An old bash script I have tested to see if a user was
root by seeing if
/etc/passwd was writeable. In MacOS High Sierra it returned true for
root, and false for anyone else. But in macOS Mojave the test returns false even for
If I run that test
[ -w File ] on other files with the same permissions and ownership, such as
/etc/hosts , it correctly returns true for
root and false for anyone else in both Mojave and High Sierra. I see no special file flags or extended attributes on
The script is no problem to fix, but I'd like to know how/why this test is different on that file vs other files and why this is in Mojave only. If this has to do with SIP, then I'd like to know how one can test to see if a file or directory is somehow protected by SIP.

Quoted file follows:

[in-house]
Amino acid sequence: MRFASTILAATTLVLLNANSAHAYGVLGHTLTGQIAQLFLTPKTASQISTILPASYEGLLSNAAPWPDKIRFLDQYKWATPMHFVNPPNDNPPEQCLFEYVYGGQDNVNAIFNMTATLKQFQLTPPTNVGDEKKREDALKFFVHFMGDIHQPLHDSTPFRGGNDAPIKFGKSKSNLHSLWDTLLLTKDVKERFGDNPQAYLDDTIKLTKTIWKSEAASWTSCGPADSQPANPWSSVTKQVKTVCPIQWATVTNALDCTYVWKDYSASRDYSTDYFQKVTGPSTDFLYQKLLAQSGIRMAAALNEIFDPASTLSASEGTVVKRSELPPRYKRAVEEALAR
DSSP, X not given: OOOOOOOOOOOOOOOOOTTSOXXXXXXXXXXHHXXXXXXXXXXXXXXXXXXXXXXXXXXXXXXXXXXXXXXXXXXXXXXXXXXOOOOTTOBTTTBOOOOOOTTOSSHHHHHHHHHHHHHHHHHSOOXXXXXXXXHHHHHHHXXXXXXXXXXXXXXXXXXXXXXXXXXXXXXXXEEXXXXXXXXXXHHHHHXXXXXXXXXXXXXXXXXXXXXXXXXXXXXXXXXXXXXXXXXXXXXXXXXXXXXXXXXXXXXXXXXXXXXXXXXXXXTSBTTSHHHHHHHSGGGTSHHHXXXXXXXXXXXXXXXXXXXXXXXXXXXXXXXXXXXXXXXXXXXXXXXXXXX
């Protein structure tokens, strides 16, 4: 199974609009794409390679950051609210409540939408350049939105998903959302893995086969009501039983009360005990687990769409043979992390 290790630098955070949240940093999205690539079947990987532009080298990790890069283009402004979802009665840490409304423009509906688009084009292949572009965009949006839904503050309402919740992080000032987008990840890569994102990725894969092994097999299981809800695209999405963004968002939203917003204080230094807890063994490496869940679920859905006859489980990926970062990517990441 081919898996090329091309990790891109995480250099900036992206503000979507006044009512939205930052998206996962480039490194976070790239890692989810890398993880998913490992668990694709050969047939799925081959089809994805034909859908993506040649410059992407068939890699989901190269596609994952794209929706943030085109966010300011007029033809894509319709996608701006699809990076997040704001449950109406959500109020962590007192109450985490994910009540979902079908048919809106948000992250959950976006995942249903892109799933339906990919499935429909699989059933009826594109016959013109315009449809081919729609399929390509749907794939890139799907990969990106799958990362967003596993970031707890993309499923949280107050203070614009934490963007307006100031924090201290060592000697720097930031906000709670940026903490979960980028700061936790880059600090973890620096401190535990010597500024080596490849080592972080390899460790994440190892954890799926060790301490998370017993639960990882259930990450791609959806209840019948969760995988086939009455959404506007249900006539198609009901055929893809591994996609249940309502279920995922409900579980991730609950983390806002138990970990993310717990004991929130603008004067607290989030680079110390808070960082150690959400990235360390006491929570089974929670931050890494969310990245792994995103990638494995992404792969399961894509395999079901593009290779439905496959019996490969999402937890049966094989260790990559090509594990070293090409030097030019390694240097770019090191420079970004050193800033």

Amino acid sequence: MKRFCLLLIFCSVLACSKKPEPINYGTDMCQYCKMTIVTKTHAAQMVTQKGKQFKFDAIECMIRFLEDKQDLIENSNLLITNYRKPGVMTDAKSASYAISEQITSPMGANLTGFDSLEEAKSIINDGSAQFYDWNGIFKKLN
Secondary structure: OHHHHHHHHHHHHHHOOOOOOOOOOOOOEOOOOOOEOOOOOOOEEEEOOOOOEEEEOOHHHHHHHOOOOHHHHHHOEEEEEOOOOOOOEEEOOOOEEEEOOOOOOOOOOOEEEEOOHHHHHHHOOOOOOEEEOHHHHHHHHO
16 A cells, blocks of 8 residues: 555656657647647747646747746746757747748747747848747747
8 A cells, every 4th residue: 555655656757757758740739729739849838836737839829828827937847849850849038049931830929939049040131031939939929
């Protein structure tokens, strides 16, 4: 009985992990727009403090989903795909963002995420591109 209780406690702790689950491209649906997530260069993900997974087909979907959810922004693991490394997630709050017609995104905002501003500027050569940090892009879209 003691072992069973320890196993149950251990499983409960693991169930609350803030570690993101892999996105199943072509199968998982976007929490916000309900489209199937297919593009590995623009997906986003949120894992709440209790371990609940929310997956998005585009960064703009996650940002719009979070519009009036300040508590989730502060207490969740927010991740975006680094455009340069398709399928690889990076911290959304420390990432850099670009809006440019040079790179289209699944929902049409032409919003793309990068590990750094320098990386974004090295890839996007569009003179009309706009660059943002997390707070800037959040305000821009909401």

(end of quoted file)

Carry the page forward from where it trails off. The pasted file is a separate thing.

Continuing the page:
Update: I found that disabling SIP made things work as expected, that is, for a root user the bash test "-w /etc/passwd" would be true. Enabled SIP again and all is working as expected. I don't know if I should delete this question, or leave it just in case someone runs into a similar problem. Doing an "ls -O /etc/passwd" does not show the file as restricted.